What Real Estate Finance trends are we seeing in 2023 and what can we expect going forwards?

Now that we are entering Q4 of 2023 we reflect on the common REF trends we are seeing in the UK, Europe and the US. We consider what common trends the rest of 2023 may bring.

Deal volume

The first half of 2023 undoubtedly saw fewer real estate finance transactions compared to the previous year. In the US, it is estimated that commercial real estate investment volume has fallen by as much as 57% year over year.1 In a recent press release BNP Paribas Real Estate has forecast that investment in UK commercial property will fall to £41bn for 2023 due to successive base rate hikes. With rising interest rates increasing the cost of borrowing, and inflation leading to higher construction costs, many borrowers held off from taking on new finance. Equally, falling property values and economic uncertainty made lenders cautious.

Many borrowers have turned to mezzanine debt to plug funding gaps. Mezzanine debt is not typically secured by real estate assets, and is therefore ideal for borrowers who have existing charges over such assets. Similarly, preferred equity funds are rapidly forming to provide bespoke solutions to ease the debt market strain on borrower capital stacks.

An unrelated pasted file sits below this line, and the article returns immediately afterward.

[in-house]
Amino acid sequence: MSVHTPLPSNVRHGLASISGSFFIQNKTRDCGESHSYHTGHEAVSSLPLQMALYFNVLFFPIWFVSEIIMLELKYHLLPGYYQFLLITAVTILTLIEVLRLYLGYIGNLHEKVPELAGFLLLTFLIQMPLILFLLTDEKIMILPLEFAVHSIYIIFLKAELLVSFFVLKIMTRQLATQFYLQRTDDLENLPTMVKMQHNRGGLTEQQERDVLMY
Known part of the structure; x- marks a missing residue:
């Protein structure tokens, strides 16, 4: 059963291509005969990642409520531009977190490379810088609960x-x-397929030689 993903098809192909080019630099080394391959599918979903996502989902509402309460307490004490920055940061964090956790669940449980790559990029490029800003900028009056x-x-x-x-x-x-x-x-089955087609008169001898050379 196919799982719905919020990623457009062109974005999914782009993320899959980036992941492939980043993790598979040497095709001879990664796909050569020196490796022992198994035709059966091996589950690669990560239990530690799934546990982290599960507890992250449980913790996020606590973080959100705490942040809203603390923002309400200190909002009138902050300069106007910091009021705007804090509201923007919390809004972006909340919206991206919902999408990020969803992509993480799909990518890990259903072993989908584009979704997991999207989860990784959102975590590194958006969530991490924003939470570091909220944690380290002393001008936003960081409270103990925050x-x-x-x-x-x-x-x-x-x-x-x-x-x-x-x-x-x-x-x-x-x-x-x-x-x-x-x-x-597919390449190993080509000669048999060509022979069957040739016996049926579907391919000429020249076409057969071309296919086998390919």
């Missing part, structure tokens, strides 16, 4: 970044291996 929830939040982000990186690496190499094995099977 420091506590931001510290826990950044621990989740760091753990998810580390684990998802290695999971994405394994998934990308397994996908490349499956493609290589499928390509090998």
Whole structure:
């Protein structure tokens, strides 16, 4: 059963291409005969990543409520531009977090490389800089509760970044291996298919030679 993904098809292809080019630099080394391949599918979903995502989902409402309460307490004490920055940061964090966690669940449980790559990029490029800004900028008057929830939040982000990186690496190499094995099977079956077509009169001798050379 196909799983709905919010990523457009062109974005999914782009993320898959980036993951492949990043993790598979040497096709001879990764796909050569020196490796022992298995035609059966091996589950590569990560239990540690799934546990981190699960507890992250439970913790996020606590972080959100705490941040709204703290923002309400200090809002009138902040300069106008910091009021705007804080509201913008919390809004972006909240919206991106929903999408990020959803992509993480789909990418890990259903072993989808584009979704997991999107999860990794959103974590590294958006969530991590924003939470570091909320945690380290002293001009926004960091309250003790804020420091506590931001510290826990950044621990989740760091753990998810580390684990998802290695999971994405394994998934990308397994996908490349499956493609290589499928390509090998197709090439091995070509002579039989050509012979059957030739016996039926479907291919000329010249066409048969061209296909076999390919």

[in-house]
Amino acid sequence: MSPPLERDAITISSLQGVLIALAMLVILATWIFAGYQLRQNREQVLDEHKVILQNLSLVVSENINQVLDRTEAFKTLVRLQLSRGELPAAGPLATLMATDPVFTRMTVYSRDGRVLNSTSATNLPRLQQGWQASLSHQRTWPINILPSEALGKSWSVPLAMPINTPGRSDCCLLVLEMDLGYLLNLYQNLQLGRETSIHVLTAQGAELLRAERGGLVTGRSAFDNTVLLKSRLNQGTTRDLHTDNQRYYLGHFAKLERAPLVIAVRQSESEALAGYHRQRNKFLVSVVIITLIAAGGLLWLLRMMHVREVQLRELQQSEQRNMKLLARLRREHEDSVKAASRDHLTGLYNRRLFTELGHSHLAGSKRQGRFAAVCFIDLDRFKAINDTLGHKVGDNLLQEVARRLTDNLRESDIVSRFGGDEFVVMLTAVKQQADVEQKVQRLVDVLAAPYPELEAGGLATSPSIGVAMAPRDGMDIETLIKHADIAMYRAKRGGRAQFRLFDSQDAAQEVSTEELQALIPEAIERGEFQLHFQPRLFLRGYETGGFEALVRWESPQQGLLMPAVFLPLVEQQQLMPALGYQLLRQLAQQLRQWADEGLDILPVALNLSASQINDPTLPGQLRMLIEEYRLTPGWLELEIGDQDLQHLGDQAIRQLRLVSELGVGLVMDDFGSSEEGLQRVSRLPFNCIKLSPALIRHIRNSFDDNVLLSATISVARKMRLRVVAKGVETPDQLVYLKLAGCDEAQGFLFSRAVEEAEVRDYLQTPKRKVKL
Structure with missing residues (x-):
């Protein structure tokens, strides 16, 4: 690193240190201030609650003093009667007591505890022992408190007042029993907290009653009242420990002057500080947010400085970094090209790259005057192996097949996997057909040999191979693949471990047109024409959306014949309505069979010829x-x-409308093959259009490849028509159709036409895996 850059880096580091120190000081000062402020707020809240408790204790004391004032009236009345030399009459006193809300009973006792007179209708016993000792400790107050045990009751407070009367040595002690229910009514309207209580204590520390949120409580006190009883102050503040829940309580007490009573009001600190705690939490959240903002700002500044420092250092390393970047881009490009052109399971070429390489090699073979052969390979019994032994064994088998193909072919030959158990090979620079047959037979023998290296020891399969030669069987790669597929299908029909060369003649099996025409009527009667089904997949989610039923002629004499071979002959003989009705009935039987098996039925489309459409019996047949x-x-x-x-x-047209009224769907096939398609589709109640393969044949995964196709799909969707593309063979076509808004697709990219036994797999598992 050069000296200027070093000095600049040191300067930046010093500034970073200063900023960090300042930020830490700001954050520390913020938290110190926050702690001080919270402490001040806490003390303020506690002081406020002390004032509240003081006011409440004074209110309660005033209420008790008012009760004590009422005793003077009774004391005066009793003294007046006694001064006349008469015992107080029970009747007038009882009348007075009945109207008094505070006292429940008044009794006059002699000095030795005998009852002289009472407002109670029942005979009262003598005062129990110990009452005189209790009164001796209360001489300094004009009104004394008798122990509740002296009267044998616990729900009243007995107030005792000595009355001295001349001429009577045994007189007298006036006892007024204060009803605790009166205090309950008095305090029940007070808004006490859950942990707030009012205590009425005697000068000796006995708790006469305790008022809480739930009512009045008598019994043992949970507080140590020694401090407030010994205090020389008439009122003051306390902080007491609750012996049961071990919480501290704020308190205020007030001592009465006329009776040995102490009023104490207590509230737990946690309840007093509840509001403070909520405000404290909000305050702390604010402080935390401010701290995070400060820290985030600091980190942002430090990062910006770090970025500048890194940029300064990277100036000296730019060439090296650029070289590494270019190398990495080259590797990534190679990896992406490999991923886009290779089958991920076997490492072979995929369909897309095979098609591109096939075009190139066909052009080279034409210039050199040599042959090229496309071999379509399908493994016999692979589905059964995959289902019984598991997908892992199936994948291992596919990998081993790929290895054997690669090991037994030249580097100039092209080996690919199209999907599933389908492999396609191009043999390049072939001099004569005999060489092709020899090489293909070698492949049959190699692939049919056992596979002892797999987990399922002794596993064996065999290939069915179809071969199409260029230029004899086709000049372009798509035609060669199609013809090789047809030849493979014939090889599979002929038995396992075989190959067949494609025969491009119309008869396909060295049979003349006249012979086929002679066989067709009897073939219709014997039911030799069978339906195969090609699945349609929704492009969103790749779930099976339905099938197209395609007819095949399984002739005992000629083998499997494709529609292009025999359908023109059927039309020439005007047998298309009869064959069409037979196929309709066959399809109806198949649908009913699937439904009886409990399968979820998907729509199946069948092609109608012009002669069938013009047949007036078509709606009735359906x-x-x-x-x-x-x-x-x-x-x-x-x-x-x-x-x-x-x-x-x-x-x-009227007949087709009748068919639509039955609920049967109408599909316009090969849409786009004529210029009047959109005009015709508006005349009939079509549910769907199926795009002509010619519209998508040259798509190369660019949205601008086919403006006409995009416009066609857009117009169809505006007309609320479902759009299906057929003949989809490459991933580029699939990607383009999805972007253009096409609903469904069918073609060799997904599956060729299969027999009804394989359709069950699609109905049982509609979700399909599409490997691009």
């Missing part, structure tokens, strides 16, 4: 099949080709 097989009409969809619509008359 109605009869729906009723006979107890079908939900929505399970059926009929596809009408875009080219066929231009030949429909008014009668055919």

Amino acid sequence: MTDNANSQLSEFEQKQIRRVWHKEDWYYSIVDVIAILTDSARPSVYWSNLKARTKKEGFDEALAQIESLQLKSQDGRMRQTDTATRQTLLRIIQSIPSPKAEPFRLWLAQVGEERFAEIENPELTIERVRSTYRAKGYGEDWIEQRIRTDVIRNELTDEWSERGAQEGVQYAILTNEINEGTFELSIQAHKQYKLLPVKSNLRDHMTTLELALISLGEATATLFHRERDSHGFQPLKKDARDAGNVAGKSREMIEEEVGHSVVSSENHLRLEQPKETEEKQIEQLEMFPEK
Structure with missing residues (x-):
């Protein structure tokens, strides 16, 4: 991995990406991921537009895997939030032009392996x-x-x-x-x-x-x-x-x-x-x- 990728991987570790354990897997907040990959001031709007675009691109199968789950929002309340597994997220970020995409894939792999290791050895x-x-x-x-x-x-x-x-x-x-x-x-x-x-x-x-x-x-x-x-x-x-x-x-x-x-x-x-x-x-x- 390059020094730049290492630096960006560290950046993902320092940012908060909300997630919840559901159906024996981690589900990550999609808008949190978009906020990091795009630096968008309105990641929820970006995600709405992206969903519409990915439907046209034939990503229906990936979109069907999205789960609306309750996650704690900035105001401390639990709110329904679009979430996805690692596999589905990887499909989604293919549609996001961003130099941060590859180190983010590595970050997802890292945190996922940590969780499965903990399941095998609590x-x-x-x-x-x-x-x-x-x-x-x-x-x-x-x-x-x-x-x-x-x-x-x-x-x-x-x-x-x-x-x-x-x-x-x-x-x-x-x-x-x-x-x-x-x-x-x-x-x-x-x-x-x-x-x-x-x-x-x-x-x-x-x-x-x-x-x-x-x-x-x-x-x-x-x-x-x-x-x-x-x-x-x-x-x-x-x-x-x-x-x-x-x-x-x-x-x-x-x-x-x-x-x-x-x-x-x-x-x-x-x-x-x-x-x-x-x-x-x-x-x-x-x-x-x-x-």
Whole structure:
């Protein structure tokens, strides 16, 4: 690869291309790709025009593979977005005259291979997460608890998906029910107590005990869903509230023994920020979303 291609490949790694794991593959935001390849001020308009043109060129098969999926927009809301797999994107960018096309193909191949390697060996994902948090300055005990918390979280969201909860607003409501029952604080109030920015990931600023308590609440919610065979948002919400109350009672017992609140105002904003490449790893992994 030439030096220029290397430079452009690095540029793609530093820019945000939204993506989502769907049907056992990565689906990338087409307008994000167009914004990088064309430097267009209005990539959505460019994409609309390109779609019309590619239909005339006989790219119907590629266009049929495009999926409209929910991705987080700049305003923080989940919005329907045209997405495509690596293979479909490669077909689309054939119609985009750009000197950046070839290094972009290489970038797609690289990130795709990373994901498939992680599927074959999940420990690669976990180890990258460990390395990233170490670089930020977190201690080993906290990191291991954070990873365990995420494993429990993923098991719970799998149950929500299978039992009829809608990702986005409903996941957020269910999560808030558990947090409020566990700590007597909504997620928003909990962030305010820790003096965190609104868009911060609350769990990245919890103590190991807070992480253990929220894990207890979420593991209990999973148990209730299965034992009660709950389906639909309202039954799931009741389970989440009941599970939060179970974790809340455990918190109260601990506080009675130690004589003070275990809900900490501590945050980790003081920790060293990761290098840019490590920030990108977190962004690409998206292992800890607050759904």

The picture across the US, Europe and the UK has been similar in terms of repressed deal volumes. In Germany, for example, the deal volume for real estate transactions has decreased significantly. Compared to the previous year, it has decreased by more than half to the level of 2012. This and rising interest rates have led to an unusually high number of insolvencies among project developers. Given this backdrop, banks are currently hesitant to provide new financing.

The remainder of 2023 promises to bring more real estate finance transactions. Borrowers cannot continually postpone development plans, refinances will be looming, and lenders have a build-up of capital to deploy. It seems a correction of the market is inevitable, possibly in 2023 and continuing into 2024, which will undoubtedly bring opportunities for some.BNP Paribas Real Estate forecasts that investment in UK commercial property will bounce back by 15 % in 2024 to hit the £47bn mark, as interest rates are expected to drop in Q2 of next year.

Asset classes